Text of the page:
To win over job candidates, cannabis companies are increasingly offering incentives in addition to compensation, the most common of which are stock options.
In many other industries, especially new ones—think internet firms of the late 1990s—companies have offered stock options to employees. New companies, which might not be able to wrest a candidate from a stable job with an offer of a matching or even slightly higher salary, have a better opportunity for success if that offer includes stock options. This trend has reached the cannabis sector, where almost every company is a startup.
“Companies might say, ‘We haven’t been around for 50 years. We can’t do an insane match on a 401(k). We don’t have all the perks that maybe a huge Fortune 500 company has, but we can offer you stock options,” Vangst CEO Karson Humiston explained. “And if we all do what we’re planning on doing, as this company continues to grow and as our value goes up, these will likely be worth something that will likely be a lot greater than a 401(k) match or something like that.”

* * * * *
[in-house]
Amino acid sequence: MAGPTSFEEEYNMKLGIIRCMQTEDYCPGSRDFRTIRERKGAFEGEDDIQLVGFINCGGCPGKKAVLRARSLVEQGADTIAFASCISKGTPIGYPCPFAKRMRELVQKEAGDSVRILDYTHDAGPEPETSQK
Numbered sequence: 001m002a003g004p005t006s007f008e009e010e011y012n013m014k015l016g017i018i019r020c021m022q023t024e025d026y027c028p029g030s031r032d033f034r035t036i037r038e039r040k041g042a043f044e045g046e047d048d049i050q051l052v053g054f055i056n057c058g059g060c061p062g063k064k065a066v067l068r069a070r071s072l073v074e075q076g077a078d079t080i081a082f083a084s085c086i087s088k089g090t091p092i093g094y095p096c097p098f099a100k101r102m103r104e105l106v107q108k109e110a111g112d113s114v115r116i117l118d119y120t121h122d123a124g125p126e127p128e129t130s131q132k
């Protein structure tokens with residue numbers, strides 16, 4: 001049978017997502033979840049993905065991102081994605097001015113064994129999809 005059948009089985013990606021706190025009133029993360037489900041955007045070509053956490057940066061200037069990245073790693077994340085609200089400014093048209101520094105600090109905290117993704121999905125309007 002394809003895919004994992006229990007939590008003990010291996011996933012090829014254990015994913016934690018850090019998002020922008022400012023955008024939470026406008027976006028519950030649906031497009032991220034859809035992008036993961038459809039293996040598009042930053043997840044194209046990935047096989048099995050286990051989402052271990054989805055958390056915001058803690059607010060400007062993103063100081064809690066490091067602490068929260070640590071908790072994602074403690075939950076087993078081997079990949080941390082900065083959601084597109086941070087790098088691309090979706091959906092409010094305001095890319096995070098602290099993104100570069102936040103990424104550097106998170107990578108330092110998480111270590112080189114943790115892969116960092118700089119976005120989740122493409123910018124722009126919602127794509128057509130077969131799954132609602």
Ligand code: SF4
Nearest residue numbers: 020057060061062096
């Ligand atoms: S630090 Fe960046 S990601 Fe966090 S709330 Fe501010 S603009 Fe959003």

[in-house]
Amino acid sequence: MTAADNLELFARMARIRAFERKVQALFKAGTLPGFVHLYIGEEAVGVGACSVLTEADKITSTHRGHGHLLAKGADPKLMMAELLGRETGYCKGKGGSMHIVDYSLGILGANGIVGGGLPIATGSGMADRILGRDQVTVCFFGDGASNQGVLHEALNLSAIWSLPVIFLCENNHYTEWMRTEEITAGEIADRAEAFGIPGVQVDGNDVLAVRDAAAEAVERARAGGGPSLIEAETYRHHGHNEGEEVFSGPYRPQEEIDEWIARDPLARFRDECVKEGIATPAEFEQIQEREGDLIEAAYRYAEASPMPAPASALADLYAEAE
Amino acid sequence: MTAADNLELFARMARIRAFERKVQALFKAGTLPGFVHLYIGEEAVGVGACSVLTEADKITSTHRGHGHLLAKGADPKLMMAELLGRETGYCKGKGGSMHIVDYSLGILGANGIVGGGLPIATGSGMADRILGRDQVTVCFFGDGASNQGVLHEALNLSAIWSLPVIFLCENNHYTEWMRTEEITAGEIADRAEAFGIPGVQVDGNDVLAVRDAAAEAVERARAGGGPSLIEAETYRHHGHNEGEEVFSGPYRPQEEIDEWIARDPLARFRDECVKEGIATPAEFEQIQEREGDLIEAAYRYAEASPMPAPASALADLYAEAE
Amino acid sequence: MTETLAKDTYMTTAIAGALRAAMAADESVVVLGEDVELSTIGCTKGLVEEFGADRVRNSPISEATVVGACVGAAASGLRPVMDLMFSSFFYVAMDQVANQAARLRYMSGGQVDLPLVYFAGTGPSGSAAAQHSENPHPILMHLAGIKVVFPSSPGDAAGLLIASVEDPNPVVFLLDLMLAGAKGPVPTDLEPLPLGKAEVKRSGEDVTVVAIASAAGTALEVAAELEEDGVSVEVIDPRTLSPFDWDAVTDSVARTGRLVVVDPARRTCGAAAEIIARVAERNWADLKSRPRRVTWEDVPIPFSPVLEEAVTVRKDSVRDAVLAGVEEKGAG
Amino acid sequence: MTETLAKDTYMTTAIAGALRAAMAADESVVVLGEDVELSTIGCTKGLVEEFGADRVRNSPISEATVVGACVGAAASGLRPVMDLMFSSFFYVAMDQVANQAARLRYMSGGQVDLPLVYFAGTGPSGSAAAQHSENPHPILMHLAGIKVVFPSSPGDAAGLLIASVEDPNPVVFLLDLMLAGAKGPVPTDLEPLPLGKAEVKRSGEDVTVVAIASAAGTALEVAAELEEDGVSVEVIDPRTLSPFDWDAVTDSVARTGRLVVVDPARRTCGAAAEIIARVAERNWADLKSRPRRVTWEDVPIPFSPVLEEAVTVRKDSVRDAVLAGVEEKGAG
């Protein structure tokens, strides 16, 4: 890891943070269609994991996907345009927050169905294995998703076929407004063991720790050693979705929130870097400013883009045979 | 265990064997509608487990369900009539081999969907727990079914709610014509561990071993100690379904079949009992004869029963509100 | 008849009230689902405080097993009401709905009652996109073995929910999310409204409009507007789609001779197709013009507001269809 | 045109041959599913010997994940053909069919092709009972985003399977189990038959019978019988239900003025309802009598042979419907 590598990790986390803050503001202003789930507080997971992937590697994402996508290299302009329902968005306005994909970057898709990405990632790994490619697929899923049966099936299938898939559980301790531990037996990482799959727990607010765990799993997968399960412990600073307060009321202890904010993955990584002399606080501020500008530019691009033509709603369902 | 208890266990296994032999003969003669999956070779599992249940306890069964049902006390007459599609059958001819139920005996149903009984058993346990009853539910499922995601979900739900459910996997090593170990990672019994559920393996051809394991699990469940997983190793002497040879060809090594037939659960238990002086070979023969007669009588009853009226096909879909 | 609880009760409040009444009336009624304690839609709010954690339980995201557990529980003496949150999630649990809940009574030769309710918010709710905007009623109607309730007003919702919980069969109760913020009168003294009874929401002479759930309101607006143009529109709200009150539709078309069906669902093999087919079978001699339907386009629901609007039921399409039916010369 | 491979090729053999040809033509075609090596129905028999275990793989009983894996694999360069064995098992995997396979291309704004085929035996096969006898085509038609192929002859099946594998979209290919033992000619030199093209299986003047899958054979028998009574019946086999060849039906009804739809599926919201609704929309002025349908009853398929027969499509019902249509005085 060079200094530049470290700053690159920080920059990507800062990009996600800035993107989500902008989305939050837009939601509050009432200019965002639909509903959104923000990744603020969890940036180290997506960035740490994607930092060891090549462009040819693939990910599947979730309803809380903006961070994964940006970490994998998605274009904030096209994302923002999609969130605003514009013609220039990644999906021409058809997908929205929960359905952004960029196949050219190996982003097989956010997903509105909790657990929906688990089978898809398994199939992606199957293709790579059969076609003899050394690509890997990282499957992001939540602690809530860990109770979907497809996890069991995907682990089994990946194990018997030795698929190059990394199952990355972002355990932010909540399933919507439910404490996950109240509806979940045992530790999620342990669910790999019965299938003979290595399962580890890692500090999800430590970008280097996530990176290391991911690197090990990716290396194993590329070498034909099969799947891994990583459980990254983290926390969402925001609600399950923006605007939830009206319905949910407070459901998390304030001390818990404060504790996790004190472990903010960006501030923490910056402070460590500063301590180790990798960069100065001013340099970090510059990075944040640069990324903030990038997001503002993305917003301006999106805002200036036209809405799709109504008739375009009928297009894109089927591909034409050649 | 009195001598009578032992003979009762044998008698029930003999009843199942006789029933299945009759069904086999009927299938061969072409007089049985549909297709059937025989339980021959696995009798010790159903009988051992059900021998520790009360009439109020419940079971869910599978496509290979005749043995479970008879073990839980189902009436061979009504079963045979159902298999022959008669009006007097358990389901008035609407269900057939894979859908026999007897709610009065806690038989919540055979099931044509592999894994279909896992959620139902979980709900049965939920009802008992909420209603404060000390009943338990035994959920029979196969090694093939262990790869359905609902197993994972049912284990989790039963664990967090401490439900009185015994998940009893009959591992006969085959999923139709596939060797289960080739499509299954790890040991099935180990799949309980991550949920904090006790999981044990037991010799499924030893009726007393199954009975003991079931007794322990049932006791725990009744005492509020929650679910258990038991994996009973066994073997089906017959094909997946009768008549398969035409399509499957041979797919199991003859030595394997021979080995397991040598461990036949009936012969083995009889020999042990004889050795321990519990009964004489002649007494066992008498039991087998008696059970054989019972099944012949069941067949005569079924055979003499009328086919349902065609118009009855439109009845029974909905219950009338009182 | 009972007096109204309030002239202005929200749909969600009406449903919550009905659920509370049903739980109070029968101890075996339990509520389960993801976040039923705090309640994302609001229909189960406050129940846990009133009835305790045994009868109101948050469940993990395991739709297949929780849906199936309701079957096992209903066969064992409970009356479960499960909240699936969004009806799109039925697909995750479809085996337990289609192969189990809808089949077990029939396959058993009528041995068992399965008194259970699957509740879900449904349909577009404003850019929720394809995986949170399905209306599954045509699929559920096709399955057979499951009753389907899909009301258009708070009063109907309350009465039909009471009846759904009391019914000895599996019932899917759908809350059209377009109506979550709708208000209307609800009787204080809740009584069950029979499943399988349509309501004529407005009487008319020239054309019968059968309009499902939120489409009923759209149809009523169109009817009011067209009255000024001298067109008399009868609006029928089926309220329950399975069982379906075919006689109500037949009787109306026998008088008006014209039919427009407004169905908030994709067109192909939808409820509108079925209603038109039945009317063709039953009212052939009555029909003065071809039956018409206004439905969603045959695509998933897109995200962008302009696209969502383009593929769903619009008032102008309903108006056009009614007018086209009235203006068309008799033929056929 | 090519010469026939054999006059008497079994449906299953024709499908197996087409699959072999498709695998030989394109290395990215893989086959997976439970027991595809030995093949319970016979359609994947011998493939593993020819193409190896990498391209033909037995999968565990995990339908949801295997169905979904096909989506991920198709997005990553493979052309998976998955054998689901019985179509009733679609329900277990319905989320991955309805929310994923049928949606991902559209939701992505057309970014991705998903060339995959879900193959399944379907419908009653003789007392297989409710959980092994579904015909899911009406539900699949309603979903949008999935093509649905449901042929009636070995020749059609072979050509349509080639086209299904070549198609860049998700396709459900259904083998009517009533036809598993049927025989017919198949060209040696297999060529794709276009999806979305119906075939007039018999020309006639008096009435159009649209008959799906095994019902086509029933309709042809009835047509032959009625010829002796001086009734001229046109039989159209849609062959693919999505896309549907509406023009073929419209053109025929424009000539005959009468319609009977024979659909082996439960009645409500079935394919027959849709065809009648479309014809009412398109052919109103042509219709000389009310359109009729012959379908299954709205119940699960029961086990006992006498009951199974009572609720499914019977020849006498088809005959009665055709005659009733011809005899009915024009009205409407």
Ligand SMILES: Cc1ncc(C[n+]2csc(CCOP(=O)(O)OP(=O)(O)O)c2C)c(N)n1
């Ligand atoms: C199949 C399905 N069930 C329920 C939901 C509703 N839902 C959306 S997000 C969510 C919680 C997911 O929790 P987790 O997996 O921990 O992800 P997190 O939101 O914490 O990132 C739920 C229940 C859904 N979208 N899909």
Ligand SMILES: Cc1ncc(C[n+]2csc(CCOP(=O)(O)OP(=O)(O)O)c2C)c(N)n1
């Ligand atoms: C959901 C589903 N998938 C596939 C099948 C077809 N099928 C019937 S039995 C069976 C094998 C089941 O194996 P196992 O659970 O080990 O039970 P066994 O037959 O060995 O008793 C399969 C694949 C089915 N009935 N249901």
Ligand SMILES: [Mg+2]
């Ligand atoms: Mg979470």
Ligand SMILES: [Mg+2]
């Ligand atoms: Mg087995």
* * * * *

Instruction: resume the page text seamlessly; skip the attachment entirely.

Stock options are very common among funded companies, Humiston noted. “Many investors will look for you to have an employee option pool. Great talent often demands some level of ownership,” she said. “The reason we’re seeing this more often is because all these companies are receiving so much funding.
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